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Europe Government


The politics of Europe deals with the continually evolving politics within the continent. It is a topic far more detailed than other continents due to a number of factors including the long history of nation states in the region as well as the modern day trend towards increased political unity amongst the European states.

The current politics of Europe can be traced back to historical events within the continent. Likewise geography, economy and culture have contributed to the current political make-up of Europe.

Modern European politics is dominated by the European Union, particularly since the fall of the Iron Curtain and the collapse of the Eastern Bloc of Communist states. With the end of the Cold War, the EU expanded eastward to include 25 member states that are represented in the European Parliament.

Modern political climate

Several issues dominate modern European politics.

Despite vastly improved relations between Russia and the Western European states since the end of the cold war, recently tensions have risen over the spread of 'Western' organisations, particuarly the EU and NATO, eastwards into former USSR states.

Most European states have either joined, or stated their ambition to join, the European Union. This has led to governments overhauling corrupt and overly-beauracratic systems in order to bring themselves in line with membership criteria. This in turn has led to improved relations between former enemies, such as Greece and Turkey.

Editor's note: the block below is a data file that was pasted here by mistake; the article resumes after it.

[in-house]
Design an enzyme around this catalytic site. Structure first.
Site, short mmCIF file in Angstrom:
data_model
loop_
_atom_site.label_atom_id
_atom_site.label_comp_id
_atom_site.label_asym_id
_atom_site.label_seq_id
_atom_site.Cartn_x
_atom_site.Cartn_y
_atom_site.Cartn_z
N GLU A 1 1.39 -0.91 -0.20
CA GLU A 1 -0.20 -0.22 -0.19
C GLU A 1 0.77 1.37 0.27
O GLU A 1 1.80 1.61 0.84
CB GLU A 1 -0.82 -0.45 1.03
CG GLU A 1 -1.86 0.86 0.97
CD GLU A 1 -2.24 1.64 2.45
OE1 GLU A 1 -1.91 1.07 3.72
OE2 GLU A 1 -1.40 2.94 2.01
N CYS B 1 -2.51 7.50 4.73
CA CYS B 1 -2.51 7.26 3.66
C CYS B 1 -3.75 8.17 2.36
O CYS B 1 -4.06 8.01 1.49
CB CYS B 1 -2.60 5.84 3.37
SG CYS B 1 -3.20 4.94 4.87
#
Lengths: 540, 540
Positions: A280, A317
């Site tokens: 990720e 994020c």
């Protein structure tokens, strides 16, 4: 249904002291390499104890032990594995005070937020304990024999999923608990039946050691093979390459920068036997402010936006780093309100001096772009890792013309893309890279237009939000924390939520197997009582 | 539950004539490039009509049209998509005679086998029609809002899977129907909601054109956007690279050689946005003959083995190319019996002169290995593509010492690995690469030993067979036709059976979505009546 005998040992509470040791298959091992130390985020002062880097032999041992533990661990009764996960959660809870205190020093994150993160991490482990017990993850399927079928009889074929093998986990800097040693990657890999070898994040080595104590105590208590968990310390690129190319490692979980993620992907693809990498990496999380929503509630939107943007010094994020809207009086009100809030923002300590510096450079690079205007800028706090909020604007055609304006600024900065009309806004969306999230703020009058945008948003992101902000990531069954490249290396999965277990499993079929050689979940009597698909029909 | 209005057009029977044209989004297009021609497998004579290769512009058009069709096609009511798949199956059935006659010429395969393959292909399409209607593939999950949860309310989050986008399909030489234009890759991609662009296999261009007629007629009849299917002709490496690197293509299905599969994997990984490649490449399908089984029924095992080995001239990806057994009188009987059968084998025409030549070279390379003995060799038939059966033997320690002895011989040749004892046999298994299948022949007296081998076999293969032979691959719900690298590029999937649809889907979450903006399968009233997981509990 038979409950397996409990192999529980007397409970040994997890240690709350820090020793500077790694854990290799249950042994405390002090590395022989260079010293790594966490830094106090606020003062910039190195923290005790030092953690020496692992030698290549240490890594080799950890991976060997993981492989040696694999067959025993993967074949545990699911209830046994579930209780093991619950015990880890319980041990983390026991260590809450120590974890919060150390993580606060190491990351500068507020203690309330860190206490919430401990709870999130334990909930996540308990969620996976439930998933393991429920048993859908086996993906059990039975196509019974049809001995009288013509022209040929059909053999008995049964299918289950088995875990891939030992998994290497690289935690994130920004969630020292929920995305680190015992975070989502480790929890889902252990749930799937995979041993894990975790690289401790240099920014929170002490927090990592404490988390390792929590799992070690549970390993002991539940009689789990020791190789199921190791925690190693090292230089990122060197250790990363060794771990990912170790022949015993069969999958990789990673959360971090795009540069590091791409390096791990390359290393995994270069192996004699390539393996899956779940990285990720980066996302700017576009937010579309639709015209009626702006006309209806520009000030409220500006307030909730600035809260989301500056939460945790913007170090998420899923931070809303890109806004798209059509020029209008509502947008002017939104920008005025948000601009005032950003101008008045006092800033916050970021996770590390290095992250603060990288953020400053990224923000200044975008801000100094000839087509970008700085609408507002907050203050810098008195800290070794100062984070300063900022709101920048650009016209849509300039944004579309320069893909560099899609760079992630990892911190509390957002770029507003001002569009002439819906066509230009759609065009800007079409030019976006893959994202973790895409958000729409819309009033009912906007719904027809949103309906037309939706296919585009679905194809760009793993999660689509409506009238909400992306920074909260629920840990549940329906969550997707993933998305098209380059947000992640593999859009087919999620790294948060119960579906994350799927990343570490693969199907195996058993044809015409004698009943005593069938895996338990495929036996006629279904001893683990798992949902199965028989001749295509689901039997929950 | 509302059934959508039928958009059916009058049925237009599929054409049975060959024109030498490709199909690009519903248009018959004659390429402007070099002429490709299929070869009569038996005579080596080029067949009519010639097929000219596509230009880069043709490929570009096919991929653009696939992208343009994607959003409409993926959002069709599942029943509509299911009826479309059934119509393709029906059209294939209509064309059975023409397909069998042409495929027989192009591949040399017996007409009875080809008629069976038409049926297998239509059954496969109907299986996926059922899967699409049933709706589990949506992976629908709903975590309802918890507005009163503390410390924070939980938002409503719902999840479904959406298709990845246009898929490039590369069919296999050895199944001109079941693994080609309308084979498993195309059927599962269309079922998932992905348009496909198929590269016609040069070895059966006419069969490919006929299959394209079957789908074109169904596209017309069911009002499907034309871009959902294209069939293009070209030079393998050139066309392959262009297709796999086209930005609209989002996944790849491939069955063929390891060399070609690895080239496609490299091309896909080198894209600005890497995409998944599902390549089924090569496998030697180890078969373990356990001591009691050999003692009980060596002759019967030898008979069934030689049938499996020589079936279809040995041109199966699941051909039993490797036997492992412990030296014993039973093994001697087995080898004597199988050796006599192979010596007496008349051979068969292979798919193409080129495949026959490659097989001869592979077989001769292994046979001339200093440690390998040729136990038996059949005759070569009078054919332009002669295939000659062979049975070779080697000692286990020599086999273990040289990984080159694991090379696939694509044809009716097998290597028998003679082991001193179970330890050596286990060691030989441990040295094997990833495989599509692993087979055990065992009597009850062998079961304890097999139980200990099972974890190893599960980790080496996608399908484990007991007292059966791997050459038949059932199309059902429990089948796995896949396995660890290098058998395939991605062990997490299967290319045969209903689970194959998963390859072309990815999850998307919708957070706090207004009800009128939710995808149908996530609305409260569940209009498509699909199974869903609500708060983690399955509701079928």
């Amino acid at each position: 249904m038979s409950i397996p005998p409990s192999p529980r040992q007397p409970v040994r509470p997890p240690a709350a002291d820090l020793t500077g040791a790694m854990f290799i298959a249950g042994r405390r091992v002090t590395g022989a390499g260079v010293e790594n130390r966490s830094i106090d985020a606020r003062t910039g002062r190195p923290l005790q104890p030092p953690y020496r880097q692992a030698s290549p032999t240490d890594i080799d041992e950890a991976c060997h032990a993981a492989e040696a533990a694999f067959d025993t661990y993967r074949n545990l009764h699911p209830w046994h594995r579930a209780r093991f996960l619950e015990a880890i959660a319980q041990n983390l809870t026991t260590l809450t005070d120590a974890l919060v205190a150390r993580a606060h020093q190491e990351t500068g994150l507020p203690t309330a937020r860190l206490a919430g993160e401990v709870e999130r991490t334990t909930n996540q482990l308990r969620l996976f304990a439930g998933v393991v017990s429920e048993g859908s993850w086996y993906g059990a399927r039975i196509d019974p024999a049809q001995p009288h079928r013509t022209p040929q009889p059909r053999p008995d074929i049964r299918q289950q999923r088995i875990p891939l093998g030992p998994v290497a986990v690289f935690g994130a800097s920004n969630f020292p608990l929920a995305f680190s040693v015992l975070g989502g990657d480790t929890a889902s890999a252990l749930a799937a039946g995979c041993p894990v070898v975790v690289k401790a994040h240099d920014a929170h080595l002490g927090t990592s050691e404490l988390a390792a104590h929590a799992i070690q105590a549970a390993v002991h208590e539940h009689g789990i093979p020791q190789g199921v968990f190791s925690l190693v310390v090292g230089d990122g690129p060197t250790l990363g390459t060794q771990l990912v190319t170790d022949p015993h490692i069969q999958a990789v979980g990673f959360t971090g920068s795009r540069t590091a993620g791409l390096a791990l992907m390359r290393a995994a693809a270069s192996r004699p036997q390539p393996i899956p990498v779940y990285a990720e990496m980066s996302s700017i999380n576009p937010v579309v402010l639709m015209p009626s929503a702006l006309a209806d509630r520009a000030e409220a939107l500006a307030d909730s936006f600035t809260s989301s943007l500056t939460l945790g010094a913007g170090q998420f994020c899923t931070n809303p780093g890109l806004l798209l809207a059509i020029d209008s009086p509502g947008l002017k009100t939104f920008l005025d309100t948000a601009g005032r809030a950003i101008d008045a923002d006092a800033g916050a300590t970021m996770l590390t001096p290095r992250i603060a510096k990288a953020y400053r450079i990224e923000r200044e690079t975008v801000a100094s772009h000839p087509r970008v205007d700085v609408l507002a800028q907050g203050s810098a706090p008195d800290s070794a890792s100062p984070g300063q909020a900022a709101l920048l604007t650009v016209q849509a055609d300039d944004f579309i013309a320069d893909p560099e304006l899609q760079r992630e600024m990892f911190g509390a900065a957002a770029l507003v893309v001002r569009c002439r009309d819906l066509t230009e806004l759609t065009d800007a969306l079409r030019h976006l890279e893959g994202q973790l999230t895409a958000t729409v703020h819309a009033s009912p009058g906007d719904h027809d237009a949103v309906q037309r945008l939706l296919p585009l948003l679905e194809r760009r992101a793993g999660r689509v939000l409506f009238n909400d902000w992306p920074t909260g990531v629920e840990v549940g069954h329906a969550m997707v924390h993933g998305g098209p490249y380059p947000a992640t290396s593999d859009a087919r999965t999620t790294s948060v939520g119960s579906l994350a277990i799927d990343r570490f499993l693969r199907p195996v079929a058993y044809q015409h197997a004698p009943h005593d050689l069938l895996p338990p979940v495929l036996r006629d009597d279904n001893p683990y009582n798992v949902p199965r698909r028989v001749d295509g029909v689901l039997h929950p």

There are few conflicts within Europe, although there remain problems in the Balkans and the Caucasus.

International alliances

European states are members of a large number of international organisations, mainly economical, although several are political, or both. The main political unions are detailed below.

European Union

The European Union or EU is a supranational union of 25 European states. It has many activities, the most important being a common single market, consisting of a customs union, a single currency (adopted by 12 out of 25 member states), a Common Agricultural Policy and a Common Fisheries Policy. The European Union also has various initiatives to co-ordinate activities of the member states.

The EU, considered as a unit, has the largest economy in the world, with a 2002 GDP of 9.613 trillion euro. The EU economy is expected to grow further over the next decade as more former communist countries join the union. There is also a trend of moving towards increased cooperation in terms of common defence and foreign policy.

The union has evolved over time from a primarily economic union to an increasingly political one. This trend is highlighted by the increasing number of policy areas that fall within EU competence: political power has tended to shift upwards from the Member States to the EU.

Commonwealth of Independent States

The Commonwealth of Independent States (CIS) is a confederation consisting of 12 of the 15 states of the former Soviet Union, (the exceptions being the three Baltic states). Although the CIS has few supranational powers, it is more than a purely symbolic organization and possesses coordinating powers in the realm of trade, finance, lawmaking and security. The most significant issue for the CIS is the establishment of a full-fledged free trade zone / economic union between the member states, to be launched in 2005. It has also promoted cooperation on democratisation and cross-border crime prevention.

North Atlantic Treaty Organisation

The North Atlantic Treaty Organisation (NATO) is a military alliance of mainly European states, plus the United States of America and Canada. The organisation was founded as a collective security measure following World War Two.